“The Method” used to refer to one thing: acting. But there are more methods than meet the eye in current filmmaking, and technology has made it possible.
In Drake Doremus’ lovely, bittersweet “Like Crazy”—likely the only movie to draw its title from the name of a chair—his contemporary post-collegiate lovers, designer Jacob (Anton Yelchin) and British aspiring writer Anna (Felicity Jones) make a choice, deliberate and reckless, that will wind up keeping them apart. Technology, from a remove of nine hours or so, keeps them together, but life, and international law, keeps them apart.
Yelchin and Jones’ performances are improvised from an outline and a few weeks of rehearsal, and the story seems almost eavesdropped upon. It’s a strong contrast from older “methods.” “My Week With Marilyn” (opening November 23) draws its dramatic conflict from how Marilyn Monroe had to be coaxed into a performance by immersion in the Stanislavski Method. And Mike Leigh’s decades-tested method, like peeling an onion, is to start with an idea as small as a sentence—”Life is Sweet”: how do we primally conflate food and love?—and then spend months accruing detail with his actors. Chicago’s Second City has been a fount of performers over the decades, but local filmmakers, like Joe Swanberg, are just discovering devised improvisation as a method.
Los Angeles improv group The Groundlings has nurtured the comedy chops of dozens of performers including Jennifer Coolidge, Jimmy Fallon, Will Ferrell, Lisa Kudrow, Melissa McCarthy and Conan O’Brien. But performance and technology meet in the hands of a literal offspring of the Groundlings approach. “Like Crazy” director Doremus’ mother, Cherie Kerr, is a founding member of the group. As the press kit puts it, “Doremus has been directing and performing improv since he was 12.”
There’s a gift. But technology is also a key component. Now that shooting on high definition is the norm, more and more directors take advantage in different ways. Mega-disaster man Roland Emmerich brags on how many millions he saved on “Anonymous,” a studio production, using digital equipment in all stages of the process. (He says he’ll never shoot film again.) Even while shooting “The Girl With The Dragon Tattoo” on location in Sweden at specific locations that author Stieg Larsson had haunted and described (and haunts again after his death), David Fincher creates atmosphere on soundstages to his imagination’s specifications, creating locations in front of green screens that do not exist at all, except in a photorealistic flow of megapixels.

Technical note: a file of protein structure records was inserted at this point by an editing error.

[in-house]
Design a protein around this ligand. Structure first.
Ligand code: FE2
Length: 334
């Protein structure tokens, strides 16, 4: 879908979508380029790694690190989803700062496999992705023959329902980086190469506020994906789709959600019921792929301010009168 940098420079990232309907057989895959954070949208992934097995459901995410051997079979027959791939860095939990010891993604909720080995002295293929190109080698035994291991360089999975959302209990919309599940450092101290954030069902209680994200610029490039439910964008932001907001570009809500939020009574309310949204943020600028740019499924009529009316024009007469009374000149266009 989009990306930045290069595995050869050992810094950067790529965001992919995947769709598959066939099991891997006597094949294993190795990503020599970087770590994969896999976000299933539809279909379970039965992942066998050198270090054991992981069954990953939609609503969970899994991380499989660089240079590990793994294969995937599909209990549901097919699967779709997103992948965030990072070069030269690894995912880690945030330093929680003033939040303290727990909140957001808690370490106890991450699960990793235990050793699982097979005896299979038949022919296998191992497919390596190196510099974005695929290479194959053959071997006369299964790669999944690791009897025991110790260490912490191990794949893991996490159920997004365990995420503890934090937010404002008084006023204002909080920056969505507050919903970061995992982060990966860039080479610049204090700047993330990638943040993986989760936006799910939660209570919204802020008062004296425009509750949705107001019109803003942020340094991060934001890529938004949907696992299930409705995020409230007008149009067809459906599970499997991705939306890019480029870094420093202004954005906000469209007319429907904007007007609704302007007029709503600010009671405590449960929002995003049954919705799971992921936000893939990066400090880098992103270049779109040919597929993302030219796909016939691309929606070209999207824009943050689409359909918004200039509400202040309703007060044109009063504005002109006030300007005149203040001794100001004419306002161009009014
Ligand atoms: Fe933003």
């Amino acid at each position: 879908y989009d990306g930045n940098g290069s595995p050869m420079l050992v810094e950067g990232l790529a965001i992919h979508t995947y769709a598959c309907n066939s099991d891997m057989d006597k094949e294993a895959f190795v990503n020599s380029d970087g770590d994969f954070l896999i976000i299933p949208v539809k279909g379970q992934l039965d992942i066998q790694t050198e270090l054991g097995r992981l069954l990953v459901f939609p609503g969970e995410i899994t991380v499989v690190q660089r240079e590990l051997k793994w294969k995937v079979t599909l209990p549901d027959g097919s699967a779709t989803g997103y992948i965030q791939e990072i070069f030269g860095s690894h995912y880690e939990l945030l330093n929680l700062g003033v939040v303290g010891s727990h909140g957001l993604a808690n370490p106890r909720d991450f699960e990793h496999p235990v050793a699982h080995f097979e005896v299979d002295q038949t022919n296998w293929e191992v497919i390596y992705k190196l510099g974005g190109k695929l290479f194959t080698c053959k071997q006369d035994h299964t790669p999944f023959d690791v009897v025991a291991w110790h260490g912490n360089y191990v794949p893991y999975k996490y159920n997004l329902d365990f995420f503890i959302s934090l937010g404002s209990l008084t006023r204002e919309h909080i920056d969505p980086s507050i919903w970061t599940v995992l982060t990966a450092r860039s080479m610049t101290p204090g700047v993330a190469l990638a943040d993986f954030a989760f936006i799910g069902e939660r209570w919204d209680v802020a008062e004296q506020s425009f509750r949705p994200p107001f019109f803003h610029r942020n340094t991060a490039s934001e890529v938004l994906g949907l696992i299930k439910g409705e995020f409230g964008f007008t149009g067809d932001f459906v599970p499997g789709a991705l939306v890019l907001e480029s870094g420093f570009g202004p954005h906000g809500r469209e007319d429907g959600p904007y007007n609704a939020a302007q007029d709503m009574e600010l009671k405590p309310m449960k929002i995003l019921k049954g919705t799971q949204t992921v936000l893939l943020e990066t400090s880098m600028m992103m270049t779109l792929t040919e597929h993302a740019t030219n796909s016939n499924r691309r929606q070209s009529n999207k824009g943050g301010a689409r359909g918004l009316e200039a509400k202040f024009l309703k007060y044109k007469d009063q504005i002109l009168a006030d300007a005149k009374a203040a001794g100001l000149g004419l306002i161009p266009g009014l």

That’s still old school. The format-happy directing duo Neveldine/Taylor, who made the “Crank” movies and the upcoming “Ghost Rider: Spirit of Vengeance,” have put junk cameras on rocket sleds, and have joked that they want to make the first 3D feature for theatrical release shot on two iPhones held together with gaffer’s tape. But on “Like Crazy,” cinematographer-camera operator John Guleserian shot on even smaller scale, handheld, with a modified Canon 7D DSLR (digital single-lens reflex) camera (about $1,500 each). What does this offer the actors and a young practitioner of the dark arts of romantic drama, working with a camera the size and shape that speaks “camera,” light enough to always carry around (like many photographers do)?
Speaking informally to Yelchin recently about the ease of performance and the intimacy caught for the editing room afforded by the small cameras, he added, “Mike Figgis,” noting one of the earliest digital-adopters, from whom Guleserian had copped a trick, placing the smaller camera inside a rig built from a steering wheel for added stability. (Technology + Innovation = Profit!)
“Like Crazy” doesn’t feel tossed off, but instead edited from a thousand fleeting thoughts, of fleeing sensations of desire that come from both the first romantic flushes of love but also from the darker sensations of disappointment. It’s a winning method: The camera’s long takes, the director’s working from an outline and several weeks of rehearsal about subject and intent and dramatic thrust, but not specific words, gave Doremus hundreds of hours in the editing room, and the story builds from there. From their first date, where a pillar divides the table and the camera looks at one, then the other, less like a voyeur or a spy, but rather one of their better angels seeking out a better angle. It’s Jones’ overbite peeking out just so, or their bare feet curling against one another once more. It’s a flicker of want on her face or a sudden transformation into confusion by Yelchin. They’re building blocks of uncommon intimacy. What it is, in essence, is technology allowing technology to get out of the way, so the actors forget about them, a method like what we all go through in a given day. Surrounded by cell-phone cameras, surveillance cameras and that one person, if you’re lucky, who loves you and captures that one sweet ineffable moment in flight that is somehow the essence of happiness and all you can do is smile when you’re handed the camera to look at the image on the screen. That’s part of the bittersweet beauty of “Like Crazy,” feeling timeless yet also of the moment, of moments like that.
“Like Crazy” opens Friday at Landmark Century.
Ray Pride is Newcity’s film critic and a contributing editor to Filmmaker magazine.
His history of Chicago “Ghost Signs” in words and images will be published in Spring 2022.